It’s been going on as long as I can remember, and it started some time during my elementary school years. That little voice that instigates comparisons and tells me I’m not good enough. I can be watching a TV show filled with beautiful people that basically aren’t real people and start wondering how I can make my thighs not touch like the lead character. I can be out with others and meeting new people and start worrying that I’m not as witty or funny to keep up with the group. Or one of my friends makes a new friend that has different, cooler interests than mine, and I immediately try to figure out how I can prevent myself from being replaced.
I know I’m not the only one who does this, and I can’t just call it a “girl thing.” But a certain female writer recently put this sensation into words in a way that I never could:
What Men Want In A Woman by Chelsea Fagan
I read this piece at work the other day and started tearing up, not because I just went through a break up (no worries guys, me and the boy are still going strong after 3 1/2 years), but because I’ve felt everything she writes about at one point or another in my life. I know what it’s like to feel the need to change every single part of myself to the point where I’m not me anymore just to meet someone else’s expectations, and know deep down that it still won’t be what they need.
“I have people in my life — including, yes, a man — who have chosen to be there because of what existed there already. And when I was torturing myself over the loss of someone who never really wanted me, the idea that I could have changed his mind is what really killed me.” – Chelsea Fagan
This has been a tough lesson to learn, especially as someone who looks to constantly keep improving themselves. I know I can always do something better than I’ve done it before and there’s a fine line between improvement and changing who you are. Of course, when you think about that, you start overthinking all your decisions and drive yourself crazy.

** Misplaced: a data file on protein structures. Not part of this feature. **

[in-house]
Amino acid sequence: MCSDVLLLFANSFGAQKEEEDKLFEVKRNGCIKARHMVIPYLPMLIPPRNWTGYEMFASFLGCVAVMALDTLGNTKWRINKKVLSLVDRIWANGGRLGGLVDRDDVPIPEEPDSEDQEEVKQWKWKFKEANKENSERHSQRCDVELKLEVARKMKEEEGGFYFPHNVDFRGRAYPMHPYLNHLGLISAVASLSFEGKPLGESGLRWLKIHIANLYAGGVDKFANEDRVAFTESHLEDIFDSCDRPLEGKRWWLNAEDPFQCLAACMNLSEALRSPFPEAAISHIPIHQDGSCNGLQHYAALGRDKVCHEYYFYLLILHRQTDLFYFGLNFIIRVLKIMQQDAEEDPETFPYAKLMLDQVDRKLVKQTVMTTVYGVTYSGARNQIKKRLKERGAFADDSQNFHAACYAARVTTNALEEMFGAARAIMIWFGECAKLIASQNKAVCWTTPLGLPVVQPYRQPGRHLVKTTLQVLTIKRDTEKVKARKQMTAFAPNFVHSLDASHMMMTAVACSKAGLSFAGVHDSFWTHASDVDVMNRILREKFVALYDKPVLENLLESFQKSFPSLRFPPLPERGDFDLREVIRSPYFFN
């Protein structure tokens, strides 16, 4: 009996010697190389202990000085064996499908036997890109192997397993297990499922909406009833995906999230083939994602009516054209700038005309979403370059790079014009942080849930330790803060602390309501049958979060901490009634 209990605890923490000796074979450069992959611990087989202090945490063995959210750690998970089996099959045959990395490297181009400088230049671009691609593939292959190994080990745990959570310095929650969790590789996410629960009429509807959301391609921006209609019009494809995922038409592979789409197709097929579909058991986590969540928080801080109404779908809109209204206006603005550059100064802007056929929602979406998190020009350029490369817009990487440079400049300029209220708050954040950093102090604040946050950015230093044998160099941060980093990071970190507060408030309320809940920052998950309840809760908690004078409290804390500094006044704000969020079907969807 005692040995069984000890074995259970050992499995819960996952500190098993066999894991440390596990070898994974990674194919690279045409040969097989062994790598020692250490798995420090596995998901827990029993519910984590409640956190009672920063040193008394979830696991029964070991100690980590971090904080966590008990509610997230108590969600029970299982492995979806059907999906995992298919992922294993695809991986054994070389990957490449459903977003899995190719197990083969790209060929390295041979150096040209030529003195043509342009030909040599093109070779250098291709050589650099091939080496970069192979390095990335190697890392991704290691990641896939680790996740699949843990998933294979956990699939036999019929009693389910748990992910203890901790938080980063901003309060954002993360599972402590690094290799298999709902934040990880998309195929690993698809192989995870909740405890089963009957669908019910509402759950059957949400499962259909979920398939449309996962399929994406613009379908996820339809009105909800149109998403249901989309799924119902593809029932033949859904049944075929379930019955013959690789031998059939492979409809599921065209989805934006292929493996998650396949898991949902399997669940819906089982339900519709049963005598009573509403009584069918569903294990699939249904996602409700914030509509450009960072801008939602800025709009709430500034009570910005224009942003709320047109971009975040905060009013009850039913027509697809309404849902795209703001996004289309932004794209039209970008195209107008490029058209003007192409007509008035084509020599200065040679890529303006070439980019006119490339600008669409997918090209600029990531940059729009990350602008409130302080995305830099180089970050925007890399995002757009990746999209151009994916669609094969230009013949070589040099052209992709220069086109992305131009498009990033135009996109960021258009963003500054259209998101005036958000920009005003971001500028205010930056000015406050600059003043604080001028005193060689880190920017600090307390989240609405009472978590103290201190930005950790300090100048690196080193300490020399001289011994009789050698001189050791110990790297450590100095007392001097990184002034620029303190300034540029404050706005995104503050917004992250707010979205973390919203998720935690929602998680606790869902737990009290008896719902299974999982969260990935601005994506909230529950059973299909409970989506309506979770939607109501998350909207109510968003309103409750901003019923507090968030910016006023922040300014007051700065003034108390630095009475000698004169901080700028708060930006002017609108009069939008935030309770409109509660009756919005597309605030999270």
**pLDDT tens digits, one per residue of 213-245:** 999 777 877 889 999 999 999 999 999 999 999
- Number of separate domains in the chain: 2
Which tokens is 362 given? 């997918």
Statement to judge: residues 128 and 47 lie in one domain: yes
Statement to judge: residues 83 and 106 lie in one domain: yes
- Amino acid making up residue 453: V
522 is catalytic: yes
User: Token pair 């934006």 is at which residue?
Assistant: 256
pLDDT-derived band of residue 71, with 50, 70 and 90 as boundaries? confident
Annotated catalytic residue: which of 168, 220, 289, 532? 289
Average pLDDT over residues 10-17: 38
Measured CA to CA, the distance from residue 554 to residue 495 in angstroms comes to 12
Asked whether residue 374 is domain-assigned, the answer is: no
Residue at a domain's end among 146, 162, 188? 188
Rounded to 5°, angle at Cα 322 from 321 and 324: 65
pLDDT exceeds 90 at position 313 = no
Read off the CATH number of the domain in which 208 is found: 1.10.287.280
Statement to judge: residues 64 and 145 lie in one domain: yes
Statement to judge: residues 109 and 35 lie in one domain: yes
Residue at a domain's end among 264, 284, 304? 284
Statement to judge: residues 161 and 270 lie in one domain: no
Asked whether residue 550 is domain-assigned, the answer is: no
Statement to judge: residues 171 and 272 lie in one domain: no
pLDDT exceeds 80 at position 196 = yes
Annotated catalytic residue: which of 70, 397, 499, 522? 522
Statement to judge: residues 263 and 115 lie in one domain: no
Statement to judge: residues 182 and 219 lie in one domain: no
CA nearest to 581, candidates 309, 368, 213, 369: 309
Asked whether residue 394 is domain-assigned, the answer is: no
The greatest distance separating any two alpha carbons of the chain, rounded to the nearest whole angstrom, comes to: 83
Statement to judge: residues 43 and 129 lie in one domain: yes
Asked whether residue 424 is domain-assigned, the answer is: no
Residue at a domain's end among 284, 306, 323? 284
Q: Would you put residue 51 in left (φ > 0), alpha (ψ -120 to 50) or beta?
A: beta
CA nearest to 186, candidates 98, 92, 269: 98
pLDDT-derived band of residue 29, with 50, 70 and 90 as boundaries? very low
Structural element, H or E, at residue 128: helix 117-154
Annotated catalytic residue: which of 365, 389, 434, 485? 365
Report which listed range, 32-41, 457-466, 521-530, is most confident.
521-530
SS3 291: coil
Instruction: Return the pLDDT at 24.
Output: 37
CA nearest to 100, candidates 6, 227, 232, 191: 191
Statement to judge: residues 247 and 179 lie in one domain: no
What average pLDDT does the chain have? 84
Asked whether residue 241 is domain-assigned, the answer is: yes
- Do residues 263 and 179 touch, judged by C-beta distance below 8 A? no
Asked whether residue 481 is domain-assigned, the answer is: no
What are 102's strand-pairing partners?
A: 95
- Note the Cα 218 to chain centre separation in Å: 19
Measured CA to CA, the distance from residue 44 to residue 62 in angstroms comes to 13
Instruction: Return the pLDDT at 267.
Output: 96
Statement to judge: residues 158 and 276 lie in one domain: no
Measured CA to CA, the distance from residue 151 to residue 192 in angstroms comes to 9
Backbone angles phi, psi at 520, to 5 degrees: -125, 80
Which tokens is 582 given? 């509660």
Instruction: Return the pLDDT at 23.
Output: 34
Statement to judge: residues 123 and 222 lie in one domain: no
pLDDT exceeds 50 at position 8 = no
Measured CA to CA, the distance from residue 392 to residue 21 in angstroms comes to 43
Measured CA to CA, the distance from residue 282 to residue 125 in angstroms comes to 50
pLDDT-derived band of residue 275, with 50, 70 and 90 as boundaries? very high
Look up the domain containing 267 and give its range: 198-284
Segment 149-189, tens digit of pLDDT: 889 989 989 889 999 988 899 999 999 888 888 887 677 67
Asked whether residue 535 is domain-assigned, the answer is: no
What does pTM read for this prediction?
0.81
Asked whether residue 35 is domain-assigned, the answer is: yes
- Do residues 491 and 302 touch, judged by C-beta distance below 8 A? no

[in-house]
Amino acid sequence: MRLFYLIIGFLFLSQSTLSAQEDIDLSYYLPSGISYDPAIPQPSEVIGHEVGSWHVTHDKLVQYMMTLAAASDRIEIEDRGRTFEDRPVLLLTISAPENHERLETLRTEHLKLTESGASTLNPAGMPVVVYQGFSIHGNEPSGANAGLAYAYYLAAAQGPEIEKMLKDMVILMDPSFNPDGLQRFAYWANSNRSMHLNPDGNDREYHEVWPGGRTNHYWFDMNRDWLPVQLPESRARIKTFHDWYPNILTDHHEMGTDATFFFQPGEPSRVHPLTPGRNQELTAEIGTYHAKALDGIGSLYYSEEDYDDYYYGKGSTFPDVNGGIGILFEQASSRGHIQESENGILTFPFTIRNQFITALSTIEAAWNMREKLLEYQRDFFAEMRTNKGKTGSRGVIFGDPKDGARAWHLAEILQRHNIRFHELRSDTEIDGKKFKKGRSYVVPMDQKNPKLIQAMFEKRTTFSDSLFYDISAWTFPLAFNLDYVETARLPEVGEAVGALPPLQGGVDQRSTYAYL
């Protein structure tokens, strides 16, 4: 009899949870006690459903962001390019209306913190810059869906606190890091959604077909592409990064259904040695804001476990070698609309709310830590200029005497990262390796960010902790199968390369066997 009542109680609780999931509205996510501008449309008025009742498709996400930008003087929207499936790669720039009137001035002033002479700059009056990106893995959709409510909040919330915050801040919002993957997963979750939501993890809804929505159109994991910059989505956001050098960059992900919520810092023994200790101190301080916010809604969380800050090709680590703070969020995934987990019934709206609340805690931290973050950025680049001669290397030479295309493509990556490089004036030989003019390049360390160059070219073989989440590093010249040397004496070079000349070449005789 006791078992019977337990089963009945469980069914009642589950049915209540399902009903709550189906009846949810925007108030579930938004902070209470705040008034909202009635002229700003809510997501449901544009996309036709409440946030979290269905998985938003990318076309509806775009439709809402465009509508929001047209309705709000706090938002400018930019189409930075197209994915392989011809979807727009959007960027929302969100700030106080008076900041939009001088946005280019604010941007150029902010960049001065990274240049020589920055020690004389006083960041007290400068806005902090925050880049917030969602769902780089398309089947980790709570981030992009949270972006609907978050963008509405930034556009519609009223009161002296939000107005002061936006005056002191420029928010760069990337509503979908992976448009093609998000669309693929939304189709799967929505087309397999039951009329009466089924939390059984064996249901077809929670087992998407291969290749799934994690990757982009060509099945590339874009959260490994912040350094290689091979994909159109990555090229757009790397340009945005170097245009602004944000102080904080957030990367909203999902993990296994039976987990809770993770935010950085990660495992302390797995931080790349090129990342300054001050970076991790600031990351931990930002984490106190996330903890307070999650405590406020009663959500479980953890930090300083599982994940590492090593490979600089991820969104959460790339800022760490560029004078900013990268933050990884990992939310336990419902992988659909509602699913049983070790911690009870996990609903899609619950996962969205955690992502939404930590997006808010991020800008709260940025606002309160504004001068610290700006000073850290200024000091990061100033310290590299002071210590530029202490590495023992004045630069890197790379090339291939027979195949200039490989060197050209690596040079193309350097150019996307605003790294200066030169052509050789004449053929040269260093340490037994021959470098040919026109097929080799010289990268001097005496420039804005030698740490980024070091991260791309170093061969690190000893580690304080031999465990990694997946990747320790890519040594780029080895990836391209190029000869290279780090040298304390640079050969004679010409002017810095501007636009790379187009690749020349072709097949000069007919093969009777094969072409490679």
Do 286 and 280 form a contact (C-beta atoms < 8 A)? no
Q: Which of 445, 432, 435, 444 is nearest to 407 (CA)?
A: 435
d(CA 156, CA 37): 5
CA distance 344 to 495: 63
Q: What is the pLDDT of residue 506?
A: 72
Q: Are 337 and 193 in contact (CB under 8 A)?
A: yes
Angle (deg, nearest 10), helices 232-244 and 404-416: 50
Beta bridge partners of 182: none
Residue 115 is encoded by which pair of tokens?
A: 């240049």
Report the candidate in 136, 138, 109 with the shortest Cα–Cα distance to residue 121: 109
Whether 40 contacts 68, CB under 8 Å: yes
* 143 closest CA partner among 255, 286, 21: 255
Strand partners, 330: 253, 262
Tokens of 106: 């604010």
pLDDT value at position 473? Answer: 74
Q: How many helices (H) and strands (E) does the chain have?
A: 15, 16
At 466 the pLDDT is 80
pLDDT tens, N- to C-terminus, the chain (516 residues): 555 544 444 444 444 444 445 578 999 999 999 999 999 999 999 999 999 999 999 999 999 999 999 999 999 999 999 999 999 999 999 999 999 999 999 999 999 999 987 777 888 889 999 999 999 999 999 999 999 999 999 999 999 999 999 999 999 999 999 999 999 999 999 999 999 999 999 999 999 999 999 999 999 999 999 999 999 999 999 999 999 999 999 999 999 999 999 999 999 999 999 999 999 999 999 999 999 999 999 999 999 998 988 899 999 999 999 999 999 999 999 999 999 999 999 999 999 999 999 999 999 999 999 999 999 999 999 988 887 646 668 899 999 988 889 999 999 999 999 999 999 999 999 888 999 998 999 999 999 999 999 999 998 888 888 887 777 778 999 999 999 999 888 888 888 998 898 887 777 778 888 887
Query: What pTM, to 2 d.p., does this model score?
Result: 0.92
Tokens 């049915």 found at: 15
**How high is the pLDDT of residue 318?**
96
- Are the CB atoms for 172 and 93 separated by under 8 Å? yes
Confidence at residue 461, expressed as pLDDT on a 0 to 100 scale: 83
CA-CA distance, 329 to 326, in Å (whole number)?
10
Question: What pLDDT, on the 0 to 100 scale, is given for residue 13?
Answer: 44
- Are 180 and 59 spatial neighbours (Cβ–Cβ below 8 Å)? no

But as I was saying, it’s a tough lesson to learn, and it applies to more than romantic relationships. Friends, work, family, I know I’m always striving to everyone’s ideal in these relationships. I want to be exactly what they want in a daughter, sister, friend, employee. What I’ve recently learned is that changing my own interests or aiming for impossible physical goals won’t work. If anything, it will eliminate what these people liked about me in the first place.
I had an epiphany with this a couple months ago when I felt jealous of my boyfriend’s friends that love and are great at video games. I like them but I don’t want to play them all the time, and I’m not particularly great at them. After expressing said jealousy, he told me something that kind of blew my mind, which was that he loved me for what I’m into, not for me trying to be into the same things he likes. It shouldn’t be mind-blowing, right? That’s something I should just understand after 3 1/2 years together, or after being friends with someone for a long time, or having a job for about two years.
Which leads me to this next piece:
You Deserve Love As Big As Your Thighs by Alexandra Bochetto
I won’t delve too far into the body positive message of this one (as I have done so before, here), but I’ll say that the title of this piece is brilliant.
When I leave my home and walk past people on the street, I’ll constantly fix myself – keep my shirt from riding up, elongate my neck to make sure that sinful double chin isn’t sticking out to ruin everyone’s view. Because despite physically being alone, I am never quite alone. – Alexandra Bochetto
I’m figuring out just how exhausting it is to constantly compare myself to others. When I meet another girl, I need to stop noticing all the ways she’s better than me and why people will like her more than me. I especially need to stop comparing my size and shape to theirs, because it’s usually different in ways that are impossible to fix (and in ways that I should really just embrace).
Everyone is different and it’s beautiful, and it’s what makes bringing new people into our lives interesting. And when you find someone that loves the shit out of you just for being you, then you shouldn’t agonize over what they like about other people that you don’t have.
I think a huge part of this is accepting that there are people out there that love you exactly as you are. Many people will try to change you and make you feel bad to incite some change, but the ones that matter just want you to be your awesome, weird, quirky self. As Paul Rudd said in Knocked Up, “do you ever wonder how somebody could eve like you?” All the time. And we – and by we I mean me, of course – need to stop wondering that.
Every over-enthusiastic women’s magazine I read tells me that confidence is the sexiest trait you can have, and that’s the only piece of advice I’ll ever take from them. It’s totally true. When you meet someone who isn’t insanely self-conscious or putting on a mask all the time, it’s refreshing. And so I’m making it my goal for the rest of the year – since resolutions aren’t only for the beginning of the year – to silence those voices that tell me I’m not good enough or smart enough, and just learn to love myself as I am. There is always room for improvement, but I can’t lose myself in the process.